Dr Lee raised the question of how people could be expected to protect natural resources and agrobio-diversity and worry about future generations when their immediate survival is at risk. He posited that the true enemies of natural resource degradation, i.e. poverty and social inequality, must be seen and must be acknowledged at all levels. Management and conservation of natural resources at the national level represent key areas of concern, and unless a solid policy is established and politically accepted, efforts and resources will continue to be wasted. The FAO approach to sustainable agriculture is therefore inspired by considerations of human needs and production incentives. Natural resources are managed by people to safeguard their wellbeing by emphasizing the social and economic rather than technical dimensions.
Dr Lee then proposed that sustainable development and safeguard of the natural resource base can only be promoted through a well-defined policy framework and by facilitating legislation and institutions that ensure:
At the national level, an overall policy framework to promote sustainable development while safeguarding the natural resource base should aim to:
He further mentioned that over the last three decades, the world has seen differing strategies to achieve these goals, and enhanced dialogue and awareness of the need to conserve natural resources have been developed successively. During 1960-1972, there was an urgent need to raise local agricultural productivity in countries where it was most needed. In the 1972-1986 period, new issues related to the degradation of the worlds resources through soil erosion, deforestation, overgrazing, overexploitation and other abuses emerged. After 1986, we have witnessed the Den Bosch Conference on Agriculture and the Environment held on 15-19 April 1991. The Den Bosch declaration indicated the steps that needed to be taken to keep agricultural practices in line with sustainable production. Such steps include: (a) the alleviation of poverty; (b) the need to recognize the key role of women in development; (c) the need for more equitable land tenure arrangements; and (d) more balanced human settlement and population policies.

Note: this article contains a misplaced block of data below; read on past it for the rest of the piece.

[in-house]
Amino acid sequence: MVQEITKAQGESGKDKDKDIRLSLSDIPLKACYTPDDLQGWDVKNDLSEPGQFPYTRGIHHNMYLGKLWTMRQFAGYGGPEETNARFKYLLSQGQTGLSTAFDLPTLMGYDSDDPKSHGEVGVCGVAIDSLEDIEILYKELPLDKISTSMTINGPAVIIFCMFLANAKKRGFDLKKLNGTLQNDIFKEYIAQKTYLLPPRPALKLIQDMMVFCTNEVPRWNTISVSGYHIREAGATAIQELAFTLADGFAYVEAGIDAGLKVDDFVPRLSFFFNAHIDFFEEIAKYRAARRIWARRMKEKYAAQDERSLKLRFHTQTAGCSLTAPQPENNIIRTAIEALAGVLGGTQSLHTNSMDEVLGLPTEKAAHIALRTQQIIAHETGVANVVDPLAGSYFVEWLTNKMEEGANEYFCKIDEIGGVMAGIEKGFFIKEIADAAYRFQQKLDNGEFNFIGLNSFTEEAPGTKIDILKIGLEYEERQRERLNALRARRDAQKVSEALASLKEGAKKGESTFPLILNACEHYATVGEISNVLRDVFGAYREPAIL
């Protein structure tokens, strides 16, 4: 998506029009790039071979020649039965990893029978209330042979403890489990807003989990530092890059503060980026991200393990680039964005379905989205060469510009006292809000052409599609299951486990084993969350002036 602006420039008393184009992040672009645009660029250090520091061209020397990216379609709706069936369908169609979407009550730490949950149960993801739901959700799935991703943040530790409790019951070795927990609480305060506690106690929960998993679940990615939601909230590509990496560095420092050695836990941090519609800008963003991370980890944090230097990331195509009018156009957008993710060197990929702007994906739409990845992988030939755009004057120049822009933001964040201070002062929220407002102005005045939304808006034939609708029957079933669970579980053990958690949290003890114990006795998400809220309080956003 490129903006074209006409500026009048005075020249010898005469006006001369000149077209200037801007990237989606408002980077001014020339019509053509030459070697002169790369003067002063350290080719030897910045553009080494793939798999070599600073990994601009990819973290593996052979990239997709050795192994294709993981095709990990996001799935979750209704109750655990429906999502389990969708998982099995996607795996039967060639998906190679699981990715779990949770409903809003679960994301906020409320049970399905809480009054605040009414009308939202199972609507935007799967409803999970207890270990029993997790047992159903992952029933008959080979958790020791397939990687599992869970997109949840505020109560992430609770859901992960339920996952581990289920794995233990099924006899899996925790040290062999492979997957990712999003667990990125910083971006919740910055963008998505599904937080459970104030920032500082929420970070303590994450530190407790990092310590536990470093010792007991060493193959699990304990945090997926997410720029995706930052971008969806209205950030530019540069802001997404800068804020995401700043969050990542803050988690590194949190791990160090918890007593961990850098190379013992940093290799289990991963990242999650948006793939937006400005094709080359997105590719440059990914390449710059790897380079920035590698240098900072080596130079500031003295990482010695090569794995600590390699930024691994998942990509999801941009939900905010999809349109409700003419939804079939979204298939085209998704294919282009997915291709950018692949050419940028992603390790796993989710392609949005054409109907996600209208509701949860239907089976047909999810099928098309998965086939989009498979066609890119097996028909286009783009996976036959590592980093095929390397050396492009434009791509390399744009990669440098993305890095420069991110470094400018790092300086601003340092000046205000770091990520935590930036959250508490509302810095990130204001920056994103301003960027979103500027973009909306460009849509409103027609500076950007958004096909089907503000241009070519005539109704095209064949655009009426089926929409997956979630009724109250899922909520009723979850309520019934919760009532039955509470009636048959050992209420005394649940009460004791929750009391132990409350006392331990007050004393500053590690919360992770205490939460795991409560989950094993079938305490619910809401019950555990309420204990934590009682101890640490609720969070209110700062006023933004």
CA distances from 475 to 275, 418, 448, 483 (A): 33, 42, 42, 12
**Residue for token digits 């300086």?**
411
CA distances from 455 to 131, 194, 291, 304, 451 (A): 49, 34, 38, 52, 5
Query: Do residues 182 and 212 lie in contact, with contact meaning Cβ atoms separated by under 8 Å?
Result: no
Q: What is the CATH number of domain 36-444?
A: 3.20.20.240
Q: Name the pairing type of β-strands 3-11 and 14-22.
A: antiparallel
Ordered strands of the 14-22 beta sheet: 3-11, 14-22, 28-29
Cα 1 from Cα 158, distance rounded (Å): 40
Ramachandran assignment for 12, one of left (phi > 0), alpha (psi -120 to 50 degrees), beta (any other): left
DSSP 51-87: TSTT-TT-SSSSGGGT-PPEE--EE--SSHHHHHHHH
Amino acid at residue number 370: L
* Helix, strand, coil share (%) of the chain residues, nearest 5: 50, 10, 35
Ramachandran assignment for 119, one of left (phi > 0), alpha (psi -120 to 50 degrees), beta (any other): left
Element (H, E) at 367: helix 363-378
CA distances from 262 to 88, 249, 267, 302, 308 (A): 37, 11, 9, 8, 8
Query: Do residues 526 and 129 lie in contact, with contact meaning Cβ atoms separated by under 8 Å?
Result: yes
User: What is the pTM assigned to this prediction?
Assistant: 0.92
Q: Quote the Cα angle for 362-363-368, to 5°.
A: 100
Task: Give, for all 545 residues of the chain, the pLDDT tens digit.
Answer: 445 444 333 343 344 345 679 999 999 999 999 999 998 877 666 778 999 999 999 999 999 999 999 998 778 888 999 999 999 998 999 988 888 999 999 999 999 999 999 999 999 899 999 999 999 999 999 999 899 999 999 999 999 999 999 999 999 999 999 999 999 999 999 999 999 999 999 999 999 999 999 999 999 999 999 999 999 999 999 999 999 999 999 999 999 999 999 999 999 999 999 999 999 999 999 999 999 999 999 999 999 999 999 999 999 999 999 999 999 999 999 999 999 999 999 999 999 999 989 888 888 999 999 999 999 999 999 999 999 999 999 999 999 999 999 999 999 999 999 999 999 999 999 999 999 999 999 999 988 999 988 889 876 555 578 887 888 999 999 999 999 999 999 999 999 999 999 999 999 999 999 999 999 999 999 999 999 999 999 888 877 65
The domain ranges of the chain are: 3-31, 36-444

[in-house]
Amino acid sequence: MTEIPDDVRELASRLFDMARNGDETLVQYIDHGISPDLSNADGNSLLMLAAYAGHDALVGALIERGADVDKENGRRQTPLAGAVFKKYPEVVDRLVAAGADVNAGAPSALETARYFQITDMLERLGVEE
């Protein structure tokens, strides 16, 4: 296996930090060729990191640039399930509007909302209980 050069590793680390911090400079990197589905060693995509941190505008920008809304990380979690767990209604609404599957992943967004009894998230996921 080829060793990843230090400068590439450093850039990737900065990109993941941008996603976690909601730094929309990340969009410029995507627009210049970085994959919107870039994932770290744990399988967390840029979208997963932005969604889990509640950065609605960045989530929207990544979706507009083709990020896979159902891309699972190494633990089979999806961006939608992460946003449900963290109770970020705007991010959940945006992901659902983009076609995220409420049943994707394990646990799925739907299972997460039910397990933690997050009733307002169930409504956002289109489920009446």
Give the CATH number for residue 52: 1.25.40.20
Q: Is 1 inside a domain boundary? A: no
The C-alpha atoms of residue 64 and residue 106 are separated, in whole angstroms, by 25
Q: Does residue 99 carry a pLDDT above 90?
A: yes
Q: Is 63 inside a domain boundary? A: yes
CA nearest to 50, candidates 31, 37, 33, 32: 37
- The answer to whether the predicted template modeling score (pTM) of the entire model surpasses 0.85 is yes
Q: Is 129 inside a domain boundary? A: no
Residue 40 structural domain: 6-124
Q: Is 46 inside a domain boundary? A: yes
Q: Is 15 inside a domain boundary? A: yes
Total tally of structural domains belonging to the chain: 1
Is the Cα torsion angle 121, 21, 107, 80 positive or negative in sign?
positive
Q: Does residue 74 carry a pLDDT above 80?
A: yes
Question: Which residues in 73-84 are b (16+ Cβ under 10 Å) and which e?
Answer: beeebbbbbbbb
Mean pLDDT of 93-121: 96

Conservation and development are interdependent, and it is not by coincidence that the term sustainable development was underscored in the World Conservation Strategy of 1980. This was followed by Our Common Future in 1987 and Caring for the Earth in 1991. To cap it all, the UNCED of 3-14 June 1992 focused on conservation and management of resources for development through the adoption of Agenda 21.
Dr Lee noted that the common denominators of these strategies that have been evolving over time are the critical requirements for implementable and affordable conservation and development policies at the national level, and the need to secure the participation of all people, not only women, through the organizations of their local communities.
Within this broader and historical context, and within the scope of sustainable agriculture and rural development, he assured the participants that FAO is anxious to continue to support this and similar regional efforts geared towards ecological balance and the sustainable management and development of agrobiodiversity.